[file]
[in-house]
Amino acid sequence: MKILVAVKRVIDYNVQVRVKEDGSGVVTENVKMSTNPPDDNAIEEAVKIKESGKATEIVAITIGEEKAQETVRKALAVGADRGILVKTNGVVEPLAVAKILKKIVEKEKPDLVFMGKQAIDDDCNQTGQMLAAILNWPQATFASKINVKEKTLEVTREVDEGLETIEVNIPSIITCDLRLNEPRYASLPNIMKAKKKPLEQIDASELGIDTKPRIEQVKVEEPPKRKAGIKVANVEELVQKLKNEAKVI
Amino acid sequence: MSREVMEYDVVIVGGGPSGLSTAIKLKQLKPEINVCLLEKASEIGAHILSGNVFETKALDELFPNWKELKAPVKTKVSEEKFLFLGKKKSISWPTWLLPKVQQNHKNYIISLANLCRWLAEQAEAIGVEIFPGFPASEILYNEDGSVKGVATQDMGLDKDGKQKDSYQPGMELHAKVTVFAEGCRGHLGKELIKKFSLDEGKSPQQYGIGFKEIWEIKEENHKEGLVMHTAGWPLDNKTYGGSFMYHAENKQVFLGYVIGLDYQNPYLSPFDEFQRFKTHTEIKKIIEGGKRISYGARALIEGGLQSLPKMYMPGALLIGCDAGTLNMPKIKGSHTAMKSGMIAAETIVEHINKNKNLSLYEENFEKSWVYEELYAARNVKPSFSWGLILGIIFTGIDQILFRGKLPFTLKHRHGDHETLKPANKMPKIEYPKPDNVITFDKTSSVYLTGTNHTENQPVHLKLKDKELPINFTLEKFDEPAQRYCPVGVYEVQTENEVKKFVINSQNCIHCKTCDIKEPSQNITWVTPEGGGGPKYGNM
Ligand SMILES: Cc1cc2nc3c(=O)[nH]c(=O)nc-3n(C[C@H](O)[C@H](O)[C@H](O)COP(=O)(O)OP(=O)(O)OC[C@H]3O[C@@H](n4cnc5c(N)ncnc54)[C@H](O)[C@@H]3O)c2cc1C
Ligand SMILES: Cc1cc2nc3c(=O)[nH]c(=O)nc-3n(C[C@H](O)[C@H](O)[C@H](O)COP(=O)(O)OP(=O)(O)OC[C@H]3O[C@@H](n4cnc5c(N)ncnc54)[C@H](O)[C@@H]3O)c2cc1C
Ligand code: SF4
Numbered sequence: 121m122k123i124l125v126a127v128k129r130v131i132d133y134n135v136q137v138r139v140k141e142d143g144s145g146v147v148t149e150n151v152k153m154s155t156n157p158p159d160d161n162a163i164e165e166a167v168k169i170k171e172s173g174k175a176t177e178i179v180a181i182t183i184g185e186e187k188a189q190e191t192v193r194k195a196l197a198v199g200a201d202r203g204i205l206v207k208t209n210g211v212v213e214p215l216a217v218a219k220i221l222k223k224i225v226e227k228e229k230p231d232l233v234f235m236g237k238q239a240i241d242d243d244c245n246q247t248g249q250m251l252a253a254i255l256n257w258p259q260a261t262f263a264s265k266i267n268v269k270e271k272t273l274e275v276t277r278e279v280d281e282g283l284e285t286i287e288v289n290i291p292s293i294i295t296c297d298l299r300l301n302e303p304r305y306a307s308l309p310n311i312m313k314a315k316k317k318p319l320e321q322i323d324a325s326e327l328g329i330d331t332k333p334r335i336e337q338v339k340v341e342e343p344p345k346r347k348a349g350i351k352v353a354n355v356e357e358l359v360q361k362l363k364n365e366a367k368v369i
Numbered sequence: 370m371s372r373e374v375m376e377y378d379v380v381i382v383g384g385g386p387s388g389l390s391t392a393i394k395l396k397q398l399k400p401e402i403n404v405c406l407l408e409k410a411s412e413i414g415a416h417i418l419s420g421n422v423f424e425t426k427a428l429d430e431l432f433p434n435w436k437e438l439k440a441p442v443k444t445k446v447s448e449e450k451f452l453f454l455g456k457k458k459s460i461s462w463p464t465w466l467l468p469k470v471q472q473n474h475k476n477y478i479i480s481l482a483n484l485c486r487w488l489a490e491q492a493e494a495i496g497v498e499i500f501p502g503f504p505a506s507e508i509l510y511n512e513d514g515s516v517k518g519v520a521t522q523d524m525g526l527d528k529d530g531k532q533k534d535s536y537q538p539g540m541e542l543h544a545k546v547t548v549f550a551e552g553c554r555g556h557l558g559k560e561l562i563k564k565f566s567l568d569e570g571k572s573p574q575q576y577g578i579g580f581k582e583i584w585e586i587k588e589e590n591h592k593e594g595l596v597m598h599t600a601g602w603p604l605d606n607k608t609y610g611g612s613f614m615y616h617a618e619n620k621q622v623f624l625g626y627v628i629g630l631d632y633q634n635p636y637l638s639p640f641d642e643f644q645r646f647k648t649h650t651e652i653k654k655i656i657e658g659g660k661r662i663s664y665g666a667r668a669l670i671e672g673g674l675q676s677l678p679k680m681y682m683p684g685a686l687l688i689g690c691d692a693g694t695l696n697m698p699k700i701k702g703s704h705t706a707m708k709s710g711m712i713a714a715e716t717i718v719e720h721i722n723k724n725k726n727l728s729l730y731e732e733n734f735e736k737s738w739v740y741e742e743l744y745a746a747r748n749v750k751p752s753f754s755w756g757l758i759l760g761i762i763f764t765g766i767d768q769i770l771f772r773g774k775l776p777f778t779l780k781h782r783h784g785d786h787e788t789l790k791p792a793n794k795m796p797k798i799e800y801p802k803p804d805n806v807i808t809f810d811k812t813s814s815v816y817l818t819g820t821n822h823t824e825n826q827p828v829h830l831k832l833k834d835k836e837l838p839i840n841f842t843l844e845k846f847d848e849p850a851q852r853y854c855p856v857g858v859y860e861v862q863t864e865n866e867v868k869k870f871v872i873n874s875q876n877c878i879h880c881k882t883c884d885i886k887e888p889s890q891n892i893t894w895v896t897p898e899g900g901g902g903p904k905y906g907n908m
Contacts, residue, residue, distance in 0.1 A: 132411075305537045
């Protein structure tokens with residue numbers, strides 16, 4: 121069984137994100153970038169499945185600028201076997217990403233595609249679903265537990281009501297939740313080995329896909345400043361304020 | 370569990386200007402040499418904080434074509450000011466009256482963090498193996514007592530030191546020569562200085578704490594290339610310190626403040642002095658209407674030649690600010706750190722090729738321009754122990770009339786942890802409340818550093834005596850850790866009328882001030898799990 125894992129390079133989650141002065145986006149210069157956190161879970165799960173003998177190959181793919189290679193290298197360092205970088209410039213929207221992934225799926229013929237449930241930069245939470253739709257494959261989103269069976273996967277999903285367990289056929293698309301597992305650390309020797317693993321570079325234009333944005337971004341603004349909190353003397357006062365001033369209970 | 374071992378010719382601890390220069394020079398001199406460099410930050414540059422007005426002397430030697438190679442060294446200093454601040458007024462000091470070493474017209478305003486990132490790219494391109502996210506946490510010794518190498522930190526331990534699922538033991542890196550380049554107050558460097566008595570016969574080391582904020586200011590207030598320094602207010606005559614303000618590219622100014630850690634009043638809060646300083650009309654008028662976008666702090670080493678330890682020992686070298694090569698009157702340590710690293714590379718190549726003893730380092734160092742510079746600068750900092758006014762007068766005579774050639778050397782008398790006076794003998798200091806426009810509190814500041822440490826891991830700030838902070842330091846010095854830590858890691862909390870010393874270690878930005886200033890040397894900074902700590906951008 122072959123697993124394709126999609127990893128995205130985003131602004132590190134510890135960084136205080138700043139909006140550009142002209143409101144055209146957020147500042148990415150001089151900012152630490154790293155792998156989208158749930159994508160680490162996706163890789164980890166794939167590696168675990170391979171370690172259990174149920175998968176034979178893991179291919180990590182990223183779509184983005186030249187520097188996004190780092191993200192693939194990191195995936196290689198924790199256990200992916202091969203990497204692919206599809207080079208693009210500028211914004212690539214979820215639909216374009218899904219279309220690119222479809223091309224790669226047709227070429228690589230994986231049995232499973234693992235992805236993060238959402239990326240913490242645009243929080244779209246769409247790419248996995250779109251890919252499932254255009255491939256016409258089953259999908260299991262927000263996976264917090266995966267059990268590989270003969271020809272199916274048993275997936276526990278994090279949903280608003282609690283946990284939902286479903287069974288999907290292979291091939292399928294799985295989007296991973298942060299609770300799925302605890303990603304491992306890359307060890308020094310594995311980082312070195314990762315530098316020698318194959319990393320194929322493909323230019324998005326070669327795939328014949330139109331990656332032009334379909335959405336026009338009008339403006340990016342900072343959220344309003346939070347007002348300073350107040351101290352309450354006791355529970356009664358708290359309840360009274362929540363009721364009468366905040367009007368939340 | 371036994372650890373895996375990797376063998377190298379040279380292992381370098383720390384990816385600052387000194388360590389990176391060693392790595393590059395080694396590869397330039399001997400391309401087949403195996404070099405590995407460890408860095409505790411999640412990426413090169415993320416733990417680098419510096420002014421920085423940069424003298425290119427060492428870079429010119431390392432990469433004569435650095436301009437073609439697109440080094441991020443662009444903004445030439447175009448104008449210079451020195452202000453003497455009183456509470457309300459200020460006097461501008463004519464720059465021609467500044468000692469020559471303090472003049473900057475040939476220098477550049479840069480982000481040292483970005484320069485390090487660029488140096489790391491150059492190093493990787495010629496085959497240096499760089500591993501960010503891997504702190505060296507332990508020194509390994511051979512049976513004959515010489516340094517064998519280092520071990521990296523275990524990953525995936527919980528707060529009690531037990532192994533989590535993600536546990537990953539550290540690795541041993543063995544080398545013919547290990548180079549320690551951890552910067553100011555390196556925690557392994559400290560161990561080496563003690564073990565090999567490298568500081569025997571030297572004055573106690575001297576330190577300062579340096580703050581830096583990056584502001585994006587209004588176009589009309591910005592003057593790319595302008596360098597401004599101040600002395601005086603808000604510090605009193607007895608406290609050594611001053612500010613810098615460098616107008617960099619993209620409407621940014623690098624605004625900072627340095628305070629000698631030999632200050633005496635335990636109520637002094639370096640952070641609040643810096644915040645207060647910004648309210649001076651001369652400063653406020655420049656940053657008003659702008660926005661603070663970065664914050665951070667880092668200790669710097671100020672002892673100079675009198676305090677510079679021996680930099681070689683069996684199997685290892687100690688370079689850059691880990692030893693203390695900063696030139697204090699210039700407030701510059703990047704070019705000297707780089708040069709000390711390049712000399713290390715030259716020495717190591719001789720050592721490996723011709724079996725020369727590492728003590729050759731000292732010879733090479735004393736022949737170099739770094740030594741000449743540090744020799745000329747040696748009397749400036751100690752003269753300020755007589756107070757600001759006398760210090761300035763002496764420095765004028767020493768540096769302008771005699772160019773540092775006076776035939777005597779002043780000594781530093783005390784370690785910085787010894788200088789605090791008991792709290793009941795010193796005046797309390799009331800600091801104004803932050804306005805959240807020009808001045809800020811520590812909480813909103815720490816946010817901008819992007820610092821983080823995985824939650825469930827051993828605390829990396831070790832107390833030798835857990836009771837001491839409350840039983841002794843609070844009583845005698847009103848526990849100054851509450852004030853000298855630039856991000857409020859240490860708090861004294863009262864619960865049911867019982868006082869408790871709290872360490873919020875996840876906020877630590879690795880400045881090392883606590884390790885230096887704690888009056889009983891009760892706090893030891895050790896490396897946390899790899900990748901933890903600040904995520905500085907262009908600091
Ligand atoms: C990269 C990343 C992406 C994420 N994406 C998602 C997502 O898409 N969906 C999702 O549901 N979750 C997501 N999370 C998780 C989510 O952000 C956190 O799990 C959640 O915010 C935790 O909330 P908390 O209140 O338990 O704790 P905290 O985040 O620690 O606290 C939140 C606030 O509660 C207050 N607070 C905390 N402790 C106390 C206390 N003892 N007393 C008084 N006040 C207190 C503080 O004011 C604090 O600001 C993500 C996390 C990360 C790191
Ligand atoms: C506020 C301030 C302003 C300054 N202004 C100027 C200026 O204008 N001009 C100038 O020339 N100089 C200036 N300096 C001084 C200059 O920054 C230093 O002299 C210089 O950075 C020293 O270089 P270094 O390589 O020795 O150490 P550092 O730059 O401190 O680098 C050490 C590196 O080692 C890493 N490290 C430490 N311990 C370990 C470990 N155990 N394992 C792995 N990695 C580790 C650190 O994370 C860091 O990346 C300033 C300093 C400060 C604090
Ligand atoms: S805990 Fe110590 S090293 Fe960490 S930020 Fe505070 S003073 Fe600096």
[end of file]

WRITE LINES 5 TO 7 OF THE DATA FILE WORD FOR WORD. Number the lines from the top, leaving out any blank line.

Ligand SMILES: Cc1cc2nc3c(=O)[nH]c(=O)nc-3n(C[C@H](O)[C@H](O)[C@H](O)COP(=O)(O)OP(=O)(O)OC[C@H]3O[C@@H](n4cnc5c(N)ncnc54)[C@H](O)[C@@H]3O)c2cc1C
Ligand code: SF4
Numbered sequence: 121m122k123i124l125v126a127v128k129r130v131i132d133y134n135v136q137v138r139v140k141e142d143g144s145g146v147v148t149e150n151v152k153m154s155t156n157p158p159d160d161n162a163i164e165e166a167v168k169i170k171e172s173g174k175a176t177e178i179v180a181i182t183i184g185e186e187k188a189q190e191t192v193r194k195a196l197a198v199g200a201d202r203g204i205l206v207k208t209n210g211v212v213e214p215l216a217v218a219k220i221l222k223k224i225v226e227k228e229k230p231d232l233v234f235m236g237k238q239a240i241d242d243d244c245n246q247t248g249q250m251l252a253a254i255l256n257w258p259q260a261t262f263a264s265k266i267n268v269k270e271k272t273l274e275v276t277r278e279v280d281e282g283l284e285t286i287e288v289n290i291p292s293i294i295t296c297d298l299r300l301n302e303p304r305y306a307s308l309p310n311i312m313k314a315k316k317k318p319l320e321q322i323d324a325s326e327l328g329i330d331t332k333p334r335i336e337q338v339k340v341e342e343p344p345k346r347k348a349g350i351k352v353a354n355v356e357e358l359v360q361k362l363k364n365e366a367k368v369i